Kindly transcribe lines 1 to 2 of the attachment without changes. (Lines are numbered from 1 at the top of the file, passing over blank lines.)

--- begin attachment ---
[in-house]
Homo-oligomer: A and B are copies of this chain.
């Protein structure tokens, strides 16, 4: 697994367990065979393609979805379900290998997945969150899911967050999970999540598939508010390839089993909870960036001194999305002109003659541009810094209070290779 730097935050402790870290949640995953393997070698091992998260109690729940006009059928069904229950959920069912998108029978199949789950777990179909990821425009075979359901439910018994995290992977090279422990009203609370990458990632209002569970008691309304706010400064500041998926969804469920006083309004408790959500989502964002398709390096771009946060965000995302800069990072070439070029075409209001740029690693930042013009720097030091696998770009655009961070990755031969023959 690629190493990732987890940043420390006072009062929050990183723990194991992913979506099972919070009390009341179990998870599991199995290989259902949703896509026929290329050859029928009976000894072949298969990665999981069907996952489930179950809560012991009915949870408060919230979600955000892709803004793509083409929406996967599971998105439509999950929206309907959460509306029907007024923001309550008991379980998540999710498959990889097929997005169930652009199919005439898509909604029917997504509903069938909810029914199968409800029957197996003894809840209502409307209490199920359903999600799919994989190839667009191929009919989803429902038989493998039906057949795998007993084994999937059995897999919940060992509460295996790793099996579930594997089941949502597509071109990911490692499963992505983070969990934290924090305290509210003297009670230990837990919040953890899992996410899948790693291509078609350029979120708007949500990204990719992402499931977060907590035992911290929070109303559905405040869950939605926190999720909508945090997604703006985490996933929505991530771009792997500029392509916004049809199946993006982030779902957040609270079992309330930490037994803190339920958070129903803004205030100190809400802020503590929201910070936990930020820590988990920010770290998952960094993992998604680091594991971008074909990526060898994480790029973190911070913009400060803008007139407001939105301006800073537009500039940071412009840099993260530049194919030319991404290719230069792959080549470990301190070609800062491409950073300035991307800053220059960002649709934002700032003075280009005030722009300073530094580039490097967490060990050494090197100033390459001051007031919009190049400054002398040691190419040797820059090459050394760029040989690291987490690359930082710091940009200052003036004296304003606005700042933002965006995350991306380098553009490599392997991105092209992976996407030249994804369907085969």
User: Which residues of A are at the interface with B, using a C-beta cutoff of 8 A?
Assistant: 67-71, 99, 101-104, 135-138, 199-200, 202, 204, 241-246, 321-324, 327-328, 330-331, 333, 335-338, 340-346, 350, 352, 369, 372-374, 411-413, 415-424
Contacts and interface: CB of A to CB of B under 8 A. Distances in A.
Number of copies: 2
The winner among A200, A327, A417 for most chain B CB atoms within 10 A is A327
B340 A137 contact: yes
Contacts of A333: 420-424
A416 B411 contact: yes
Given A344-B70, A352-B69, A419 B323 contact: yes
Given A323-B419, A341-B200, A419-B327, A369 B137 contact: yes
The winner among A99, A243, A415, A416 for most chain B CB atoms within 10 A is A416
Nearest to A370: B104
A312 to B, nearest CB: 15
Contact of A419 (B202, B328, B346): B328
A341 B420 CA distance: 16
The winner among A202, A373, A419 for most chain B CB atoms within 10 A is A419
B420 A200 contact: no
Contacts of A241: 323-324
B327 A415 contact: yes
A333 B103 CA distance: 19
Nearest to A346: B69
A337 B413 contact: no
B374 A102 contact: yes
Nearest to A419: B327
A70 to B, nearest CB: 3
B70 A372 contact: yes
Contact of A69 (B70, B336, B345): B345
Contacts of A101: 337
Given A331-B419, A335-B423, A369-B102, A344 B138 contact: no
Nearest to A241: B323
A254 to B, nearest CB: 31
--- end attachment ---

[in-house]
Homo-oligomer: A and B are copies of this chain.